Perspective: Moving Toward Desirable Linoleic Acid Content in Infant Formula

Susan E. Carlson (Lead / Corresponding author), Lidewij Schipper, J. Thomas Brenna, Carlo Agostoni, Philip C. Calder, Stewart Forsyth, Philippe Legrand, Marieke Abrahamse-Berkeveld, Bert J. M. van de Heijning, Eline M. van der Beek, Berthold V. Koletzko, Beverly Muhlhausler

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    Abstract

    Infant formula should provide the appropriate nutrients and adequate energy to facilitate healthy infant growth and development. If conclusive data on quantitative nutrient requirements are not available, the composition of human milk (HM) can provide some initial guidance on the infant formula composition. This paper provides a narrative review of the current knowledge, unresolved questions, and future research needs in the area of HM fatty acid (FA) composition, with a particular focus on exploring appropriate intake levels of the essential FA linoleic acid (LA) in infant formula. The paper highlights a clear gap in clinical evidence as to the impact of LA levels in HM or formula on infant outcomes, such as growth, development, and long-term health. The available preclinical information suggests potential disadvantages of high LA intake in the early postnatal period. We recommend performing well-designed clinical intervention trials to create clarity on optimal levels of LA to achieve positive impacts on both short-term growth and development and long-term functional health outcomes.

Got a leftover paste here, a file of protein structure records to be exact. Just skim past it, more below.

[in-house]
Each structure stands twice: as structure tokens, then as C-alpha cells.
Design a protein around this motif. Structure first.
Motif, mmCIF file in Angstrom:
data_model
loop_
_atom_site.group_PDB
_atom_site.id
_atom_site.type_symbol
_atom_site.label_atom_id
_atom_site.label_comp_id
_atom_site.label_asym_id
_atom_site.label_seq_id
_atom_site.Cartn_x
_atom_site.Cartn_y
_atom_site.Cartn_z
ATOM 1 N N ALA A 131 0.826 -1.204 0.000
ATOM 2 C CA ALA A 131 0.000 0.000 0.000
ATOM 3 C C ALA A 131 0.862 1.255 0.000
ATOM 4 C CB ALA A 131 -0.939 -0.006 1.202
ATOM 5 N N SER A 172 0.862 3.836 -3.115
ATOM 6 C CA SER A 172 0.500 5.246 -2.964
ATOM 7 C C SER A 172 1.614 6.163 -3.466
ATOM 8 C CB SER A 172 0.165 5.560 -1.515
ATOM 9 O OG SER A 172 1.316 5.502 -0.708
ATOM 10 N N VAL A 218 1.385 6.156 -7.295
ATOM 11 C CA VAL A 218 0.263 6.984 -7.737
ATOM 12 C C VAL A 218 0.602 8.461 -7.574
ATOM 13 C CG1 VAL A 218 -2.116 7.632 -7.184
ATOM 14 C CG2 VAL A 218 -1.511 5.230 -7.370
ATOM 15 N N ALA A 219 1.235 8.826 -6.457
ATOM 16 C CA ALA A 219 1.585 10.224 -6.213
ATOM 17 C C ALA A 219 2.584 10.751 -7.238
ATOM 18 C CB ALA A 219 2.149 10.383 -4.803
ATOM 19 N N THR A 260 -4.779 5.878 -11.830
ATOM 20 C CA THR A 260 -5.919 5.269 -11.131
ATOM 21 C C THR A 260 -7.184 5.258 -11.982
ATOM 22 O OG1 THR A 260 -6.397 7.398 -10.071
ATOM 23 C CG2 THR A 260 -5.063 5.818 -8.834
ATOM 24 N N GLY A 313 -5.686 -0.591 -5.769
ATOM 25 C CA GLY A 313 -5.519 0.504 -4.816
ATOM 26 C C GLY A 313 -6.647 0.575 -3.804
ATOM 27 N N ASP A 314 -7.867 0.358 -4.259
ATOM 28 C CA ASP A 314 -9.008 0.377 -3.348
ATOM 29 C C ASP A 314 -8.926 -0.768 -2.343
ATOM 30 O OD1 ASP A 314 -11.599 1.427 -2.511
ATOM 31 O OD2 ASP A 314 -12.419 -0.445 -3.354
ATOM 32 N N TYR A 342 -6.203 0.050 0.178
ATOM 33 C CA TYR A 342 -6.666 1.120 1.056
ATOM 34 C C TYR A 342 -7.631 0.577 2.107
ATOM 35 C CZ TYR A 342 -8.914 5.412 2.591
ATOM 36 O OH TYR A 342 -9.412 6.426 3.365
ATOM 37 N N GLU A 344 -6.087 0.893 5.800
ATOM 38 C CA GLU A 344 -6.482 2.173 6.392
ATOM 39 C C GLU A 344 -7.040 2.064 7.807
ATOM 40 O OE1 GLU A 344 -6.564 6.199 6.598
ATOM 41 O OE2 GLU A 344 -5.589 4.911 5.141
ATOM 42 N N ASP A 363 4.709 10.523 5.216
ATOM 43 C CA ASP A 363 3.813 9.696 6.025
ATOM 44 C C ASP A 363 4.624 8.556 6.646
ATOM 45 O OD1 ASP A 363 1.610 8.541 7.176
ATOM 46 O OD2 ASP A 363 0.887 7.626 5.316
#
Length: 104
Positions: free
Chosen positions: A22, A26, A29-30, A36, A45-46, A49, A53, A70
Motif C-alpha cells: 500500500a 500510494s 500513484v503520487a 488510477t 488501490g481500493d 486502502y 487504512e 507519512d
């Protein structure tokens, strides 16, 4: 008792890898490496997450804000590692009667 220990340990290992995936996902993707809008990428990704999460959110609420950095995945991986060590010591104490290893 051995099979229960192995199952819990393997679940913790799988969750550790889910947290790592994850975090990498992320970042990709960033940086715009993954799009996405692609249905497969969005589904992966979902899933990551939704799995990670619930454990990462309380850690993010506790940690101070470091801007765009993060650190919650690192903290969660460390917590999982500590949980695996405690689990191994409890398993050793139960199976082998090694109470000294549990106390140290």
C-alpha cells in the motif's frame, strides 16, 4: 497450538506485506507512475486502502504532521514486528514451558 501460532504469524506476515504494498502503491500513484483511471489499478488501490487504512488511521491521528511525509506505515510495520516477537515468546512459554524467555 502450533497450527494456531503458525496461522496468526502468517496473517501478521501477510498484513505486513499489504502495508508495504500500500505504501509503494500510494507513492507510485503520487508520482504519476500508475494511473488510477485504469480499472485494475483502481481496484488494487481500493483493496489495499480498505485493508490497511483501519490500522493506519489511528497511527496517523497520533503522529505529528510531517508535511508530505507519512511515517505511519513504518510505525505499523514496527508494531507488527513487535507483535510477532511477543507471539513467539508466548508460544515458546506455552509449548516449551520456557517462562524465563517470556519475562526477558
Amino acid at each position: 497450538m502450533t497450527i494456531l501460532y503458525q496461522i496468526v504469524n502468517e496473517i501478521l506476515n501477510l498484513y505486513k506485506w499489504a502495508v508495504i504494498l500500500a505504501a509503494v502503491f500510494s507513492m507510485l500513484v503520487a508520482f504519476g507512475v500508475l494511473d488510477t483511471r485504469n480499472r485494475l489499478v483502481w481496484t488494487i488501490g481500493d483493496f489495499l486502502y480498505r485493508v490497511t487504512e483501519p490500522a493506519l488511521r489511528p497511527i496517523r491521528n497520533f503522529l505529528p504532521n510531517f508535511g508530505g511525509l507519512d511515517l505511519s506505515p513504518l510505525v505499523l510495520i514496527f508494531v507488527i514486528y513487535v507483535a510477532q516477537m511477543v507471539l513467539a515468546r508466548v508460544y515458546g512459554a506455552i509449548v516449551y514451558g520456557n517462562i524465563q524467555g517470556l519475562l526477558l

Original languageEnglish
    Number of pages14
    JournalAdvances in Nutrition
    Early online date15 Jul 2021
    DOIs
    Publication statusE-pub ahead of print - 15 Jul 2021

    Keywords

    • linoleic acid
    • LCPUFAs
    • human milk consumption
    • infant development
    • infant formula
    • nutritional programming

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